Nine out of 10 IT staff and about two-thirds of managers and users say they are using social-networking technologies at work, according to a global study by Microsoft- and Accenture-owned services firm Avanade.
But according to ZDNet’s article on social collaboration, what most people take for social collaboration is just Twitter and Facebook, not SharePoint or other enterprise collaboration tools. And while these tools can have benefits at the business level, “they’re not integrating with documents, with organizational data, with the communications and directory services of an organization.”
According to the article, “If you ask the questions, ‘What are you using social for? What strategic business objectives is this supporting?’ it becomes more difficult for them to answer,” Hutchins said.
The important factor then, is to understand what social collaboration means for your company, what you hope to accomplish with it, and then take a purposeful approach to implementing strategies that meet these goals.
Just to give an example, Entrance has recently made Yammer available to everyone in the company. As we discussed in a recent posting, while Microsoft is working on integrating SharePoint 2013 and Yammer, the technology is less important than understanding how people work and tailoring solutions to that.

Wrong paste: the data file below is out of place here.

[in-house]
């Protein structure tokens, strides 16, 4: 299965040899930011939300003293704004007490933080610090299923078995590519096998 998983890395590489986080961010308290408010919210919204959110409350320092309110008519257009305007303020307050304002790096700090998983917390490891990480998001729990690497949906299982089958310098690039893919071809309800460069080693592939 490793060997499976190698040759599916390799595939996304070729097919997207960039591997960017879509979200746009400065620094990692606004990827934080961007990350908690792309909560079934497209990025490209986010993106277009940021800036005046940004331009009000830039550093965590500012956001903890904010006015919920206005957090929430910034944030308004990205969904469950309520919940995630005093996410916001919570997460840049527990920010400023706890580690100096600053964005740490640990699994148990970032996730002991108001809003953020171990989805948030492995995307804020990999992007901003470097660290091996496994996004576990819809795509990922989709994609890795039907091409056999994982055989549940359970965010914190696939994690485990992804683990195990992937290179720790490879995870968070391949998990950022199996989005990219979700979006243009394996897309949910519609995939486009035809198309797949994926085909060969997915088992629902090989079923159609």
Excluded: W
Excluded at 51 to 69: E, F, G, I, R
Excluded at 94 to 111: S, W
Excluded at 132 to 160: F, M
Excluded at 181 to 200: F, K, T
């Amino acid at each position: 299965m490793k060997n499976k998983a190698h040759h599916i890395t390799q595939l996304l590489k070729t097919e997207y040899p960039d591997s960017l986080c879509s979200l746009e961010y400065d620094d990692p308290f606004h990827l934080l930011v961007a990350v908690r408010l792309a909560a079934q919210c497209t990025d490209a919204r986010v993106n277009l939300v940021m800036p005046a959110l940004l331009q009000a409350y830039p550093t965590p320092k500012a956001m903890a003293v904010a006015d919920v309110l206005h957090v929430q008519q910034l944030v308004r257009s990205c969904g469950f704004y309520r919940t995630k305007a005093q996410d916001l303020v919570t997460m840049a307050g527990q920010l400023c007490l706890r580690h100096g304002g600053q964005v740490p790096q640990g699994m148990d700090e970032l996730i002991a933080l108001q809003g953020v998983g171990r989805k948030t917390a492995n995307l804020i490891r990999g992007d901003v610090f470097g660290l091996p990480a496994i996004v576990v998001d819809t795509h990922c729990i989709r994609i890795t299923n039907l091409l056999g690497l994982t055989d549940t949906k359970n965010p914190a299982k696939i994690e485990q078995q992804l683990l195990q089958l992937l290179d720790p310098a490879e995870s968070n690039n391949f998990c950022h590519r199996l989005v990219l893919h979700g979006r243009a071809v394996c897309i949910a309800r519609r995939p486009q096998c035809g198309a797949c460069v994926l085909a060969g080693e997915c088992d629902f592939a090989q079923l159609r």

Even as SharePoint consultants who understand the best practices, so far we haven’t made a huge effort to incorporate Yammer into our day to day business. Not surprisingly, most people don’t take advantage of this social media tool as a result.
It has only been as our president and director of consulting have used it to keep Entrance apprised of their activities at conferences that I have really seen the benefit of this social collaboration tool.
Of the business and IT decision makers who have adopted social-collaboration tools, 24 percent believe they waste time or distract employees from their core jobs. But social media has become a big deal, even in the business world, and pretending that it doesn’t exist is not the solution.
The author of the ZDnet article argues ” to create a platform and then to use communications and adoption support to get the most value from it.”
For more on improving collaboration and implementing SharePoint to do so, check out this post!